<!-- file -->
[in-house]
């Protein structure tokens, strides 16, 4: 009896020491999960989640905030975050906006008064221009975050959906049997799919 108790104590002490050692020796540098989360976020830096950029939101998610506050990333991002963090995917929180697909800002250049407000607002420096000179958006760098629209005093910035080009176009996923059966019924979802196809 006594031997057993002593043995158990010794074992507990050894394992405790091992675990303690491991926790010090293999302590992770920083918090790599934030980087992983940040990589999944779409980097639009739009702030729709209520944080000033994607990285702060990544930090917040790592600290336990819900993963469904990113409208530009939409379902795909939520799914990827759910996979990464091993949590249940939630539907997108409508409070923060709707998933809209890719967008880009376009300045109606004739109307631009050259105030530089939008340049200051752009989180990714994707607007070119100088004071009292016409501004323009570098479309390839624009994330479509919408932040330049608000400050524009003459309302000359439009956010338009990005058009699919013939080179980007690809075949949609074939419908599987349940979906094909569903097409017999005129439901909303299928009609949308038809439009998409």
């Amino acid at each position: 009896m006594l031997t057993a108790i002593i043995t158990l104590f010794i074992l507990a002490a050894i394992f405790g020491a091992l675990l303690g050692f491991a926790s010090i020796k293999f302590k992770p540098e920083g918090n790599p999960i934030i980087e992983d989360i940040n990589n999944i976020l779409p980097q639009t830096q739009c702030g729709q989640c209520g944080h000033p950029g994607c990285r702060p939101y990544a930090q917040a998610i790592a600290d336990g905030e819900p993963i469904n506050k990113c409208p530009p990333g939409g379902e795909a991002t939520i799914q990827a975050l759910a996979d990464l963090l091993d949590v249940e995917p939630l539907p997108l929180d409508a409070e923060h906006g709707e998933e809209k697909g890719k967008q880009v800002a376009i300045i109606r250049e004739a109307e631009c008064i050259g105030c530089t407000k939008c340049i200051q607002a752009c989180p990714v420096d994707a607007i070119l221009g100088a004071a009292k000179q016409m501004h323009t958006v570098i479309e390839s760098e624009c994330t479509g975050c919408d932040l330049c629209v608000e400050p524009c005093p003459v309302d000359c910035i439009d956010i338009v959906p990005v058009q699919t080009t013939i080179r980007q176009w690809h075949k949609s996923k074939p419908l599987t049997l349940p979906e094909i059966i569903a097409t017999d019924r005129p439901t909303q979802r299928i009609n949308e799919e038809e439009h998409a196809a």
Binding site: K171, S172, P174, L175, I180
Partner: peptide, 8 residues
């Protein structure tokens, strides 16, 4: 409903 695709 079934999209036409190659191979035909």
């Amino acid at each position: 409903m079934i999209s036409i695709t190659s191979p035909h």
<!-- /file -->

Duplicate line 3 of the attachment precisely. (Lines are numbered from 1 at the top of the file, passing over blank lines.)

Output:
């Amino acid at each position: 009896m006594l031997t057993a108790i002593i043995t158990l104590f010794i074992l507990a002490a050894i394992f405790g020491a091992l675990l303690g050692f491991a926790s010090i020796k293999f302590k992770p540098e920083g918090n790599p999960i934030i980087e992983d989360i940040n990589n999944i976020l779409p980097q639009t830096q739009c702030g729709q989640c209520g944080h000033p950029g994607c990285r702060p939101y990544a930090q917040a998610i790592a600290d336990g905030e819900p993963i469904n506050k990113c409208p530009p990333g939409g379902e795909a991002t939520i799914q990827a975050l759910a996979d990464l963090l091993d949590v249940e995917p939630l539907p997108l929180d409508a409070e923060h906006g709707e998933e809209k697909g890719k967008q880009v800002a376009i300045i109606r250049e004739a109307e631009c008064i050259g105030c530089t407000k939008c340049i200051q607002a752009c989180p990714v420096d994707a607007i070119l221009g100088a004071a009292k000179q016409m501004h323009t958006v570098i479309e390839s760098e624009c994330t479509g975050c919408d932040l330049c629209v608000e400050p524009c005093p003459v309302d000359c910035i439009d956010i338009v959906p990005v058009q699919t080009t013939i080179r980007q176009w690809h075949k949609s996923k074939p419908l599987t049997l349940p979906e094909i059966i569903a097409t017999d019924r005129p439901t909303q979802r299928i009609n949308e799919e038809e439009h998409a196809a």